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My North American facility is looking at a major shut down this fall. In the area, three other large facilities are also doing either shutdowns or expansions in the fall.

A last minute project that I have been assigned requires a couple of weeks of machining custom components. This is an issue as none of the local machine shops are likely to be able to fit the work within their schedule in the required time frame.

At this point I think my only option is to start looking beyond the local shops. What should one look for when trying to source non-local machining? Are there any red flags to look for when talking to a shop?

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  • $\begingroup$ Myles - I have edited your question to make it a bit more constructive. I'm not certain that this question fully fits within the scope of the site, but we have had other questions about machining that have been well enough received. $\endgroup$ – user16 Jun 17 '15 at 21:40
  • $\begingroup$ @GlenH7 Thanks for the edit. The last part won't work here? I'd want to know if this level of business is the norm in North America or if it's just my locale. $\endgroup$ – Myles Jun 17 '15 at 21:51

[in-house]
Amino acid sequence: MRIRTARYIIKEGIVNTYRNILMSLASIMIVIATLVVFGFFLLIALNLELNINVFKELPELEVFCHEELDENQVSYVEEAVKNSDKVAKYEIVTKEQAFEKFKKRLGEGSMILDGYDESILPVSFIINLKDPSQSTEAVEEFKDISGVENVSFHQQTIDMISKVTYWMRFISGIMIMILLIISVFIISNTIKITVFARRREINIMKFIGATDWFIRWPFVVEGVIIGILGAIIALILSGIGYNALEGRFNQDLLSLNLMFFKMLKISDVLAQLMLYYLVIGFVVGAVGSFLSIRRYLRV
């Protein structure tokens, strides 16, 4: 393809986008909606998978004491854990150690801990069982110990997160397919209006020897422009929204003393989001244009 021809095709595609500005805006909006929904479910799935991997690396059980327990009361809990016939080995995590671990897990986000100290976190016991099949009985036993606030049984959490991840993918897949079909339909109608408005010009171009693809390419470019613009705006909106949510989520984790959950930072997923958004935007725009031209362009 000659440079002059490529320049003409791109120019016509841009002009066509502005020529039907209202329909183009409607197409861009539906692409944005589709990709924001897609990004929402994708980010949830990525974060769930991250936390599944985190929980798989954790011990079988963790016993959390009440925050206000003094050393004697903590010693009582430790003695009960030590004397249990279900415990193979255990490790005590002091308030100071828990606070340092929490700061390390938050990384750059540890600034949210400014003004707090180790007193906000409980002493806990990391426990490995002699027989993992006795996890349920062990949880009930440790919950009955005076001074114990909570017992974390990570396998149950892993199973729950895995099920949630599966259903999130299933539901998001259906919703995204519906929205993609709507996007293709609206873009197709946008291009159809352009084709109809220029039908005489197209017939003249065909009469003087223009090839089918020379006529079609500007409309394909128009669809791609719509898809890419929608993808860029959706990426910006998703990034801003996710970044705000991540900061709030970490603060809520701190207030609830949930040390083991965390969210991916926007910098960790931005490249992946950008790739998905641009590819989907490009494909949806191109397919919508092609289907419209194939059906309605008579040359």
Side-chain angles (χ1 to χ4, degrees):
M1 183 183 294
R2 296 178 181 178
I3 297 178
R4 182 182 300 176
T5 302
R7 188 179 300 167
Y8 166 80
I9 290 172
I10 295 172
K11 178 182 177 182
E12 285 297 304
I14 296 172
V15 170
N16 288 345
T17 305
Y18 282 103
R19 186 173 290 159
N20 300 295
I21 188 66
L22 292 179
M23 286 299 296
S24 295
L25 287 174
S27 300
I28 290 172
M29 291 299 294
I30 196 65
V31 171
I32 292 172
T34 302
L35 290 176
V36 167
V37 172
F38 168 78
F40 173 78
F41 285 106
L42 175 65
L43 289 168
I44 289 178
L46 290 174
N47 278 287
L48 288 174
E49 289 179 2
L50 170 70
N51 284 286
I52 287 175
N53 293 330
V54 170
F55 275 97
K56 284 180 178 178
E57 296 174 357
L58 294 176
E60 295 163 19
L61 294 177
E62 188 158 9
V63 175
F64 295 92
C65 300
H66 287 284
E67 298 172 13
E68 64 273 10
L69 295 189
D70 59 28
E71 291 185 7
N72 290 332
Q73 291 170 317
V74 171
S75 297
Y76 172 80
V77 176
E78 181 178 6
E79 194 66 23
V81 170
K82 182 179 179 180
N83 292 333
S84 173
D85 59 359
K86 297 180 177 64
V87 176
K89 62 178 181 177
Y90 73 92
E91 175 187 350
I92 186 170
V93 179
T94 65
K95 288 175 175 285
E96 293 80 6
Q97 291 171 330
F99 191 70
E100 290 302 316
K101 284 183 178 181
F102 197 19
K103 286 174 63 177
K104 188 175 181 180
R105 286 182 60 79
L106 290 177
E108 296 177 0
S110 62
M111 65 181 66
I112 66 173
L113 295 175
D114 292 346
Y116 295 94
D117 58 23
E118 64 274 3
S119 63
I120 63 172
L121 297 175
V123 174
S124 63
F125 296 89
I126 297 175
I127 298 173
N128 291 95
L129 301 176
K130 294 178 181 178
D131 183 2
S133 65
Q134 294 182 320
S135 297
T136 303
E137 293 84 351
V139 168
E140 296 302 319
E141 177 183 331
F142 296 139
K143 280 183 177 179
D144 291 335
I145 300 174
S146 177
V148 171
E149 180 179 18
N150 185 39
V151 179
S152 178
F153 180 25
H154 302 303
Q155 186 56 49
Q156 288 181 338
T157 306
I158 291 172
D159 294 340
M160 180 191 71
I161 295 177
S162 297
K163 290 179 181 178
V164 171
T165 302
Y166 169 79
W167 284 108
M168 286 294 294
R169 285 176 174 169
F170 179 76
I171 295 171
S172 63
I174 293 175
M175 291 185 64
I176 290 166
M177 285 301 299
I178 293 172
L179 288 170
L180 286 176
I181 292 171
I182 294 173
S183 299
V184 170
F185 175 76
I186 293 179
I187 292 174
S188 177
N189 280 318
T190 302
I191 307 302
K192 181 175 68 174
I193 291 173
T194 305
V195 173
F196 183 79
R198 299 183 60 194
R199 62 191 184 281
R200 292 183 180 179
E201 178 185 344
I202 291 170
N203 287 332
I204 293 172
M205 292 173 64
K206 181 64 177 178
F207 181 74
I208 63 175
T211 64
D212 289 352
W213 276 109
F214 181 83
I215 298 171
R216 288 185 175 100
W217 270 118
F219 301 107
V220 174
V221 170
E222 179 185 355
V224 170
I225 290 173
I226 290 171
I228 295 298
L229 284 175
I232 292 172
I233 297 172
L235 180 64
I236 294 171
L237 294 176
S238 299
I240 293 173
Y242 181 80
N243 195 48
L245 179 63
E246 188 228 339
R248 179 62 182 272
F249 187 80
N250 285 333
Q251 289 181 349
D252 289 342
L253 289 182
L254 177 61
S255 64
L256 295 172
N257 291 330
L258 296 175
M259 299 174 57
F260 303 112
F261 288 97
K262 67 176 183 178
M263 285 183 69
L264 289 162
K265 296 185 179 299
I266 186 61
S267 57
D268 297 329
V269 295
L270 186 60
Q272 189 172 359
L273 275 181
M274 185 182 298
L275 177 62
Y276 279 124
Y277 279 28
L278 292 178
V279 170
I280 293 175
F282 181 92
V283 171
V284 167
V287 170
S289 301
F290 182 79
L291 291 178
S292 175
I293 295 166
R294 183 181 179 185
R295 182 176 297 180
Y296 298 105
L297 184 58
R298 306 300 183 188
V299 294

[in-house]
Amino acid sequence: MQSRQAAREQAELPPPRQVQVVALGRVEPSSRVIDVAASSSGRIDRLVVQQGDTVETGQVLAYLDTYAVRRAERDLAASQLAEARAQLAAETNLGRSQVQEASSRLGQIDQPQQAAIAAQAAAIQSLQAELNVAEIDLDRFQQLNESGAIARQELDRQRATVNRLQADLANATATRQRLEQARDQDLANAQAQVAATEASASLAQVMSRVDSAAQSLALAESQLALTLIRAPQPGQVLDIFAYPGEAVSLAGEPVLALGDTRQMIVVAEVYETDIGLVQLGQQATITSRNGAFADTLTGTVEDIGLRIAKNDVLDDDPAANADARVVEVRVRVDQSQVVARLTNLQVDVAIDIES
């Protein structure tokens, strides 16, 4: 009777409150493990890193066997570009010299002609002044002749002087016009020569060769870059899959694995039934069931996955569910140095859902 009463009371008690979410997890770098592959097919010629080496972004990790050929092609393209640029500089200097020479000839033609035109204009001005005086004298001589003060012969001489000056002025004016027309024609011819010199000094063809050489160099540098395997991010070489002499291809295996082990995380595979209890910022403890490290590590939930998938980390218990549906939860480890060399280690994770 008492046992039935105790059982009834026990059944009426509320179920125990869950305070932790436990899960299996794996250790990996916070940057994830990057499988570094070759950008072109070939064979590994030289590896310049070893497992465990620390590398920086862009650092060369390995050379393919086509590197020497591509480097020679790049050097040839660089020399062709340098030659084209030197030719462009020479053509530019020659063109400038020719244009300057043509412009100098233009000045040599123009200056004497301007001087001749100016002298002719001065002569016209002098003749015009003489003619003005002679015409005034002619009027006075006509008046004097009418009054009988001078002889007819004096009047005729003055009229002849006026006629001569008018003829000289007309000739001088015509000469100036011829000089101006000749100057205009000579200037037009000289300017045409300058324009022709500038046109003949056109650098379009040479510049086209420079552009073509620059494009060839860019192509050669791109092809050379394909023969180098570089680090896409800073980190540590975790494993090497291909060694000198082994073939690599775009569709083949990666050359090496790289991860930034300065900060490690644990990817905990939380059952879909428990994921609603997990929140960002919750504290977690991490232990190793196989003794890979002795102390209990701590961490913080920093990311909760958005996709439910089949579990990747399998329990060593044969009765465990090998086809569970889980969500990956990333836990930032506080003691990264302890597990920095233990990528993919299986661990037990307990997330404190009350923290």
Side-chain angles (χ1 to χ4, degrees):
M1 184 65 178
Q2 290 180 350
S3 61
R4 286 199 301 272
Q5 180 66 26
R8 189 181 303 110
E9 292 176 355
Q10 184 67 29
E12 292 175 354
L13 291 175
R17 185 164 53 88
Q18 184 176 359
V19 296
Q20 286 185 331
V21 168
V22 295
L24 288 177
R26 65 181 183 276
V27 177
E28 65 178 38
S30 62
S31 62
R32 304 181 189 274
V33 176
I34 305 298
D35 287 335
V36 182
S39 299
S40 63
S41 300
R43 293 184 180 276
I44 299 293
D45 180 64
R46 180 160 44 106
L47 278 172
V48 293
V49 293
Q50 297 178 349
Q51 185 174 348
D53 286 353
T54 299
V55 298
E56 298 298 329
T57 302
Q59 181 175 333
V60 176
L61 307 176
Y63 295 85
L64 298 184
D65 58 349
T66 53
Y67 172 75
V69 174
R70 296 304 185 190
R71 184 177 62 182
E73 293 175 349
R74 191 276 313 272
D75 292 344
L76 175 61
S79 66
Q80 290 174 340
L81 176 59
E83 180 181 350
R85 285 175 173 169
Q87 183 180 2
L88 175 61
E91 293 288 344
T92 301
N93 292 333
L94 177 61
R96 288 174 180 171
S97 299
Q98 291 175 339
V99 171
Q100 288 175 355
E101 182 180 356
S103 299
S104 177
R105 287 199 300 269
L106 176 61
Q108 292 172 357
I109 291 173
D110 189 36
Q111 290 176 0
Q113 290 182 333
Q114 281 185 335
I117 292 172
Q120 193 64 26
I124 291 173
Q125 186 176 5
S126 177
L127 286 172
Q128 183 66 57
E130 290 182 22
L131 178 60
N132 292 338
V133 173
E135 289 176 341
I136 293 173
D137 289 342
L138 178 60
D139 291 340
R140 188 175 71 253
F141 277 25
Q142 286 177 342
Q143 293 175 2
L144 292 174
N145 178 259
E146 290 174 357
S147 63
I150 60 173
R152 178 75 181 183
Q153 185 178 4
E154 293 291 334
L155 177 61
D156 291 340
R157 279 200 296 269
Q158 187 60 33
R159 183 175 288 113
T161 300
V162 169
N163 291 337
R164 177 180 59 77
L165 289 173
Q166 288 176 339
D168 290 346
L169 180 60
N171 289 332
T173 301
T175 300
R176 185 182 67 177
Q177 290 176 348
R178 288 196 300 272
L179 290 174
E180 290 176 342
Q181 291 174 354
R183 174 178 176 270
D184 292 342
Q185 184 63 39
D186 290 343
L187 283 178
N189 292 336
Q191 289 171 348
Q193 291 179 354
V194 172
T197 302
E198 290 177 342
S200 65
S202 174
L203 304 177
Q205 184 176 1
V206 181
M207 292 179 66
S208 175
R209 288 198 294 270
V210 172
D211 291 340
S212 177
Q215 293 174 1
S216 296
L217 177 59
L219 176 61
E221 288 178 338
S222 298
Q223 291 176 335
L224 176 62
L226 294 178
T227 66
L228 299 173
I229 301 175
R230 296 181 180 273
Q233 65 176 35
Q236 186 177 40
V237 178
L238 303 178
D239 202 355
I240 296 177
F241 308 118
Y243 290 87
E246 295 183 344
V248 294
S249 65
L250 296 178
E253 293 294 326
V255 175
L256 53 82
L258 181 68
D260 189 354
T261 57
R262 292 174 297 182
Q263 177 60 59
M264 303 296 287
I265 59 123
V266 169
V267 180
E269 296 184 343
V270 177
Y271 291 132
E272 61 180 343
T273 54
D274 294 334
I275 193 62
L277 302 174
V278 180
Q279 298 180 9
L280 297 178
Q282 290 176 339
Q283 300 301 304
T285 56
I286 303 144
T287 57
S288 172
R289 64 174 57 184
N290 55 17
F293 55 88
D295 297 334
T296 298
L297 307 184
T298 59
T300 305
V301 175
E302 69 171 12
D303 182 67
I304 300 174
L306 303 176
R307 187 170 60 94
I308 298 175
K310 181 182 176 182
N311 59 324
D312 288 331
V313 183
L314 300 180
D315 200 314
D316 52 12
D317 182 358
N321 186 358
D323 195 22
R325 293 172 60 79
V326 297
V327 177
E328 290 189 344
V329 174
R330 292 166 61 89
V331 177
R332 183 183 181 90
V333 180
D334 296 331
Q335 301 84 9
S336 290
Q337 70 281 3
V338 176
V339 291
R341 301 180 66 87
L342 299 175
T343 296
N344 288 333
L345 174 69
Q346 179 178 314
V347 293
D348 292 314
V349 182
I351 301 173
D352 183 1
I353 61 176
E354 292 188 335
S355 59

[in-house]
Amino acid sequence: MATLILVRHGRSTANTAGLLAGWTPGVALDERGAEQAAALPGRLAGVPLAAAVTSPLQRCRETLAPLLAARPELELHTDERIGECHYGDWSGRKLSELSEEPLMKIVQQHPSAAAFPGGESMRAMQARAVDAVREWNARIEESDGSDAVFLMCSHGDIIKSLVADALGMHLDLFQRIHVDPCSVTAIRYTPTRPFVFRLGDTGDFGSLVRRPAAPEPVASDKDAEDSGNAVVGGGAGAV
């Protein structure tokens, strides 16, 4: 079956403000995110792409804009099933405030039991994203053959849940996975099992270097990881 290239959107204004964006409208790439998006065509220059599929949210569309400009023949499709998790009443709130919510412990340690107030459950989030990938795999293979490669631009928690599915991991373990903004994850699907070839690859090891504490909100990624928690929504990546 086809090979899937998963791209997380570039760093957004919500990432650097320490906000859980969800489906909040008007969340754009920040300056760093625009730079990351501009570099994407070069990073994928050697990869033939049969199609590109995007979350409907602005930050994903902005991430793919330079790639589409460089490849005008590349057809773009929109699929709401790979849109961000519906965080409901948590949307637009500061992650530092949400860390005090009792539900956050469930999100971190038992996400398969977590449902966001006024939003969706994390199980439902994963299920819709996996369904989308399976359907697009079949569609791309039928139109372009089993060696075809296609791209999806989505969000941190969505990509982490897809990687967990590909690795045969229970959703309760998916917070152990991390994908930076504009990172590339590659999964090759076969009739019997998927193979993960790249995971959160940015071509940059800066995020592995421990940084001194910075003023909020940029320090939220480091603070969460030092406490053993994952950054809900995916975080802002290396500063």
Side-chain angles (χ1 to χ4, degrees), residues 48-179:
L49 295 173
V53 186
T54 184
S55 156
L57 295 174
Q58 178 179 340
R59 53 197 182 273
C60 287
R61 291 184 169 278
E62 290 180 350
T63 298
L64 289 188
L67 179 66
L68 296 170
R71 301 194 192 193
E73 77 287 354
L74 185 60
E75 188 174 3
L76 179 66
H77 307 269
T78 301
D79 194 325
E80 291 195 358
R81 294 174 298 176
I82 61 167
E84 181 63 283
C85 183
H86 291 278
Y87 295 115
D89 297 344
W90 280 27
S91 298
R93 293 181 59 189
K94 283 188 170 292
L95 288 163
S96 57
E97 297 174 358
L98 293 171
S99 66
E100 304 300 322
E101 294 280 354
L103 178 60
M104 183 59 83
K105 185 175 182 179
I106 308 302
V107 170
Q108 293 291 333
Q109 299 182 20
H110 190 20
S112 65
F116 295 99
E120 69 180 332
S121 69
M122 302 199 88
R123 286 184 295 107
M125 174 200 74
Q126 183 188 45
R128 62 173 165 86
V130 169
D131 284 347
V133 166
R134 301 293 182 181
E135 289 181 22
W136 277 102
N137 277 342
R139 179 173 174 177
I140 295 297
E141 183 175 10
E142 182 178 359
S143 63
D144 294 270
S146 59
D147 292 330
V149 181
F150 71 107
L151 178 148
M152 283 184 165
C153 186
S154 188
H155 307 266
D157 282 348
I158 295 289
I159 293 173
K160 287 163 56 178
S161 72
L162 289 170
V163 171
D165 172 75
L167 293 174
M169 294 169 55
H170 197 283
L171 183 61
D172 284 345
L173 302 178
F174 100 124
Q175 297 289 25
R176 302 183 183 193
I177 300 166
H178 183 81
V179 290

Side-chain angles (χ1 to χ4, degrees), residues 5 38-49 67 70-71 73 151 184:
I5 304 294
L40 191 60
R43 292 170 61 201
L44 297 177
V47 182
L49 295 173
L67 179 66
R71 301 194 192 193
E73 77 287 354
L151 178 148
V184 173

• $\begingroup$ Myles - not really. StackExchange aims to build lasting value for future visitors. Asking about current shop activity levels is purely ephemeral and heavily localized. Neither of which contribute to creating lasting content. Asking about shop activity levels is better asked in Engineering Chat. $\endgroup$ – user16 Jun 17 '15 at 21:53
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    $\begingroup$ @GlenH7 That's unfortunate, all SE chat is inaccessible for me at work and with the coming shut down my wife has forbidden work outside of work hours until absolutely necessary. $\endgroup$ – Myles Jun 17 '15 at 21:56
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I've dealt with this in many ways. Ultimately, here is what I look for when I have to go beyond local sourcing of custom parts:

  1. Responsiveness. You can have the best website in the world, but unless I know you are there for me when I need to change anything, I can't rely on you.
  2. Questioning. The best vendors I have for custom pieces ask questions and explain to me every step of the way, so I know exactly what's going on, and what they might want to change.
  3. Compliance with my specifications. Ultimately, if it is really complicated, I draw up a specification. If they question my spec, that's a good thing. If they quote and except themselves from my spec, that's a bad thing.
  4. Openness to visit. Your local machine shop is usually willing to let you come in for a visit. Your non-local machine shop should do the same.
  5. Quote comes in with an honest lead time. Ultimately, if it isn't there on time, it isn't there. Make sure they state lead time and are willing to back it up.